Atrial fibrillation patients at highest stroke risk not prescribed necessary medication
Nearly half of all atrial fibrillation (AF) patients at the highest risk for stroke are not being prescribed blood thinners by their cardiologists, according to a new study by researchers at University of California, San Diego School of Medicine and University of California, San Francisco.
The study was published online March 16, 2016 in JAMA Cardiology.
The four-year study, which involved more than 400,000 participants, found that as stroke risk factor scores generally increased, cardiologists were more likely to prescribe blood thinners, but AF patients with the highest risk for stroke were not prescribed oral anticoagulants as frequently as guidelines suggested.
"Despite a well-known association of AF with stroke, we found a significant lack of oral anticoagulant prescribed to reduce blood clots in high-risk patients. This is a wake-up call," said lead author Jonathan C. Hsu, MD, cardiologist and assistant clinical professor of medicine at UC San Diego School of Medicine. "As the number of stroke cases in AF patients increase annually in the United States, our findings draw attention to a treatment gap in a demographic who may need these therapies the most."
The incidence of stroke for AF patients is up to seven times greater than in those without the condition. Cardioembolic stroke is one of the main complications of AF, when stagnant blood in the left atrium of the heart forms a blood clot and is released into the circulation where it blocks flow to an organ, often the brain.
In AF, electrical impulses in the upper chambers of the heart are chaotic and the atrial walls quiver rather than contract normally in moving blood to the lower chambers. As a result, blood clots may form. One in four adults over age 40 is at risk for AF with a projection of nearly 6 million people in the nation having the condition by 2050.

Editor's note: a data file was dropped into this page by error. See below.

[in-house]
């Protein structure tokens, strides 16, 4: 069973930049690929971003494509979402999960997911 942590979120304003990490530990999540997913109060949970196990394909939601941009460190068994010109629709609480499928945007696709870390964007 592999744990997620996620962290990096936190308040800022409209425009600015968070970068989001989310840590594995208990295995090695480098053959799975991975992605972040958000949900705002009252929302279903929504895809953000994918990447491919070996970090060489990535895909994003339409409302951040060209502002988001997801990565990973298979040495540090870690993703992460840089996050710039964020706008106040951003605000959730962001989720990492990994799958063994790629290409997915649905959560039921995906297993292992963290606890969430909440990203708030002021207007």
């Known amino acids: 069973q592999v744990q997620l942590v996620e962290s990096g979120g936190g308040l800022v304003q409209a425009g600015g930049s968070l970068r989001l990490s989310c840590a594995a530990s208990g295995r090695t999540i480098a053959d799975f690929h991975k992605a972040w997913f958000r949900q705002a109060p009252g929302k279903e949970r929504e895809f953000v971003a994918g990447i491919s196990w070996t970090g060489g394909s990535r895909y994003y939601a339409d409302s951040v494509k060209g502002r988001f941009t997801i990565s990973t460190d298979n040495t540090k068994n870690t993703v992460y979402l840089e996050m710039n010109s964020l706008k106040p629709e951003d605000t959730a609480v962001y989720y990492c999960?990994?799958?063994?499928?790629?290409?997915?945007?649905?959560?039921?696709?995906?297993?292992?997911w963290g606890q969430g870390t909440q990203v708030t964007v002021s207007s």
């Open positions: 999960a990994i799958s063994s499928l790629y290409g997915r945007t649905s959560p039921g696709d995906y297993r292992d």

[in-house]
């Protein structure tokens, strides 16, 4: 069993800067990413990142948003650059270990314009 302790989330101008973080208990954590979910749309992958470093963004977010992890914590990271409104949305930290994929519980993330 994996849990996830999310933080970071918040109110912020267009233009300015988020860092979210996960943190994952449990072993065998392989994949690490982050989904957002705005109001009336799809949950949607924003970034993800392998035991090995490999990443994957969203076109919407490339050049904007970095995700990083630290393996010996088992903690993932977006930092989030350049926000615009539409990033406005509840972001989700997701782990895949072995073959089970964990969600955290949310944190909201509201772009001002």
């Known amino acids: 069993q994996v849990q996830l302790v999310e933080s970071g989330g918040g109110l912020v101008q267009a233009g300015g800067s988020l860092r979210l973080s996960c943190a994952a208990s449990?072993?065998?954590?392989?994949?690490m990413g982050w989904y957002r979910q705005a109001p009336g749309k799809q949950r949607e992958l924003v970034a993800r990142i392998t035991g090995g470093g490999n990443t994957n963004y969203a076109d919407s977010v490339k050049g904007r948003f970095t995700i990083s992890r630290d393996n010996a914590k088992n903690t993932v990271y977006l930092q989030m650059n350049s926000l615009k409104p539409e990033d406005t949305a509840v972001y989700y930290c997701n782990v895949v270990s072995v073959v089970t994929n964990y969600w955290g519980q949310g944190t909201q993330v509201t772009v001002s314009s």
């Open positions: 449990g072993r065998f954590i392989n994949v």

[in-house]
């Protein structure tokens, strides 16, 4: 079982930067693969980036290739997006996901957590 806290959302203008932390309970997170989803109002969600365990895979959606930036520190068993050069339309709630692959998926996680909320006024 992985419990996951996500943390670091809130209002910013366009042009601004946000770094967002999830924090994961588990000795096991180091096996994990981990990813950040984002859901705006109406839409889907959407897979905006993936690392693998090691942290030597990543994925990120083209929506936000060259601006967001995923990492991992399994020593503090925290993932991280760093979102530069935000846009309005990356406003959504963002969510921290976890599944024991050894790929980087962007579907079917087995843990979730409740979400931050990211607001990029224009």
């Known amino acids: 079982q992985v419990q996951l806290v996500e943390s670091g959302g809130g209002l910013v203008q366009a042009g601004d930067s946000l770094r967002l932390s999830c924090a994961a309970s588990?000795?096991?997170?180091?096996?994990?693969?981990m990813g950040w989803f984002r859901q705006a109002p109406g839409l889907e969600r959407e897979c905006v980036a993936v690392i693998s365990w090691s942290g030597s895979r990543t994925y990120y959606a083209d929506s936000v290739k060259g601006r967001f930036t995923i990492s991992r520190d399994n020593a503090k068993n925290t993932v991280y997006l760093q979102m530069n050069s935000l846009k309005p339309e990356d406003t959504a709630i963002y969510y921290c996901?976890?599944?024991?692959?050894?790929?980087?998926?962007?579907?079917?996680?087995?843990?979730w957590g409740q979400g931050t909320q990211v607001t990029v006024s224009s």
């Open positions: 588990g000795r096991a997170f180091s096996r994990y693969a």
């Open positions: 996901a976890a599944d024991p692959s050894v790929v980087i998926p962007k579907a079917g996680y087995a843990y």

Standardized recommendations are used to determine and help quantify an AF patient's stroke risk and help treating physicians determine whether a prescription of oral medication, such as warfarin or newer blood thinners, may be warranted. However, in this study, researchers found just under half (48 percent) of AF patients at the highest risk for stroke were not prescribed treatment.
"Well-informed and well-intended cardiologists may struggle with a lack of data regarding optimizing risks versus benefits in patients with indications for anti-platelet drugs for their coronary artery disease and additional anticoagulants for their atrial fibrillation," said senior author Gregory Marcus, MD, cardiologist and Endowed Professor in AF Research at UC San Francisco School of Medicine. "However, while studies specifically addressing those challenging cases are needed, it is clear that identifying barriers to anticoagulant prescription, whether they involve physician education or enhanced patient access, will be the key to rectifying the situation."
The authors said there are likely multiple reasons behind the practice, including the perceived risk of prescribing blood thinners in sicker patients.
"Physicians may be avoiding additional therapy in certain patients taking antiplatelet medications because of the increased risk of bleeding associated with the oral anticoagulants," said Hsu. "It may be thought of as too dangerous for these sicker patients, but we still know that in most of these patients the benefits of blood thinning to reduce the risk of stroke outweigh the risks of bleeding."